Will ‘Outside Activities’ Lead to Security Review?

  • Guideline A: Allegiance to the United States
  • Guideline E: Personal Conduct
  • Guideline G: Alcohol Consumption
  • Guideline H: Drug Involvement and Substance Misuse
  • Guideline J: Criminal Conduct
  • Guideline K: Handling Protected Information
  • Guideline L: Outside Activities
  • Guideline M: Use of Information Technology Systems

Published: March 8, 2022

Not all security clearance concerns are equal. When a large volume of agency Statement of Reasons passes through your office, you begin to recognize trends. Guideline E, Personal Conduct and Guideline J, Criminal Conduct are the jokers of the card deck, often added to underscore character issues and augment guidelines of greater subject-matter specificity. Guideline A, Allegiance to the United States is rarely invoked but has seen a revival following the January 6th attack on the Capitol. The prevalence of bad debt and drug use among Americans broadly makes Guidelines F, Financial Considerations and Guideline H, Drug Use very common in security reviews. Some guidelines show class or generational distinctions. Guideline G, Alcohol Consumption tends to affect older and lower-ranking Federal employees, reflecting possible generational and class differences on drinking. Conversely, Guideline M, Misuse of Information Systems tends to entrap younger employees, as older Feds struggle to access copyrighted material, let alone download the same.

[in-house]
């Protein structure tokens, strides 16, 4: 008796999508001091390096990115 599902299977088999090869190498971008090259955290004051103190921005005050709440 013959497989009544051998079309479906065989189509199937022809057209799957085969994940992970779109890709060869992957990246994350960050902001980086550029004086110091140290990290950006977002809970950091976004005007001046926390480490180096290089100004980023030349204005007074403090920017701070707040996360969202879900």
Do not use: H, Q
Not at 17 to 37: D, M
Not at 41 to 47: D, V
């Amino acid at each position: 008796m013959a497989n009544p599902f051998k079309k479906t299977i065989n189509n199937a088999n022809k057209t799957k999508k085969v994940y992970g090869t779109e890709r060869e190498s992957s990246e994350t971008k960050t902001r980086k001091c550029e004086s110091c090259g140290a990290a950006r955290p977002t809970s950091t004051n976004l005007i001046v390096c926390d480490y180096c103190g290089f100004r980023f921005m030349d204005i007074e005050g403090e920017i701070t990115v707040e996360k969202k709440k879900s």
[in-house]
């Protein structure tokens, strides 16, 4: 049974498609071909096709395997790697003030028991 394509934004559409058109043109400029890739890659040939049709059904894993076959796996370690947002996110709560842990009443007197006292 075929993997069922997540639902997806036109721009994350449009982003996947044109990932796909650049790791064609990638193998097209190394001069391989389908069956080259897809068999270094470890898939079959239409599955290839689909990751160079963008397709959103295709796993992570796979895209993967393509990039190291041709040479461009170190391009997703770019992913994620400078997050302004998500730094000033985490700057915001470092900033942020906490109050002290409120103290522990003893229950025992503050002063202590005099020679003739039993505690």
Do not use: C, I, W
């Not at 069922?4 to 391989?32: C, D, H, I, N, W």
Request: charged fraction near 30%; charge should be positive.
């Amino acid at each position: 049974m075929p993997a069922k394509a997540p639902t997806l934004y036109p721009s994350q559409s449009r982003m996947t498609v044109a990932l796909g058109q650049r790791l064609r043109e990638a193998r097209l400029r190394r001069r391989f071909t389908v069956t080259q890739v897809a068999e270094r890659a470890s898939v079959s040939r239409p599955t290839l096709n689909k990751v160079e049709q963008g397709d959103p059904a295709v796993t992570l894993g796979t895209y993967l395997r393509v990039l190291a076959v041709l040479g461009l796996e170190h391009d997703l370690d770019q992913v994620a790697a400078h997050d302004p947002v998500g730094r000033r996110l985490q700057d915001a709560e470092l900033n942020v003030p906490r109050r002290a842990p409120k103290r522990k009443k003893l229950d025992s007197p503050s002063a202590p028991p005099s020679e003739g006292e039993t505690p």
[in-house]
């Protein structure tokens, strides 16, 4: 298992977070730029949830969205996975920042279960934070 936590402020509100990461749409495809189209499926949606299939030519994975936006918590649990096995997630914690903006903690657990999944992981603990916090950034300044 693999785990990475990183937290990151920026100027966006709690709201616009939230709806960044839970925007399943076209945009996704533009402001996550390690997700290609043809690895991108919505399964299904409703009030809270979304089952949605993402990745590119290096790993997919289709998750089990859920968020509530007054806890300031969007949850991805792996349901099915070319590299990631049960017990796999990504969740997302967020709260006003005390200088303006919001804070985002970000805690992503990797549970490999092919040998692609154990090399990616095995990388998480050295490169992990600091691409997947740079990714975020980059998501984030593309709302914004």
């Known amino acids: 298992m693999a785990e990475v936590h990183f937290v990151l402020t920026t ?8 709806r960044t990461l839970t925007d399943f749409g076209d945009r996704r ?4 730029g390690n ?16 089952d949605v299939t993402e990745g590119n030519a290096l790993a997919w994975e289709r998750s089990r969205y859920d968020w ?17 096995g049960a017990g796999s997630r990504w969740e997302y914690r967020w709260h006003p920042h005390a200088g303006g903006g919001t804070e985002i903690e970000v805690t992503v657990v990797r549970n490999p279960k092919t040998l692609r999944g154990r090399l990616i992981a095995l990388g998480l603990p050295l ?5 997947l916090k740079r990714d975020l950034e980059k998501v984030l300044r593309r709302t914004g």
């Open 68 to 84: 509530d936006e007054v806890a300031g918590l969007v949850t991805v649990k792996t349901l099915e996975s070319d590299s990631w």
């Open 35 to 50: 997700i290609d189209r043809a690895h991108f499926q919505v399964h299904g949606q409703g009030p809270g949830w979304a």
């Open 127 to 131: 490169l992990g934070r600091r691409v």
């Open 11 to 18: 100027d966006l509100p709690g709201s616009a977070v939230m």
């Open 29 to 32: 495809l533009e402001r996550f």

Then there are the two very specific guidelines, Guideline K, Mishandling of Protected Information and Guideline L, Outside Activities. Of the 180 or so Statement of Reasons responses authored by one of this article’s authors, Daniel Meyer, since 2018, only one contained a Guideline L, Outside Activities concern. Mr. Meyer has advised many more employees on reporting Guideline L issues under Security Executive Agent Directive (SEAD) 3. But actual Guideline L Statement of Reasons are rare. Guideline K, Mishandling Protected Information is more common, arising in about seven of Mr. Meyer’s cases since 2018. That makes Outside Activities the second rarest guideline to appear in Statement of Reasons; system-wide throughout the Executive branch, the category ranks right behind Allegiance to the United States.

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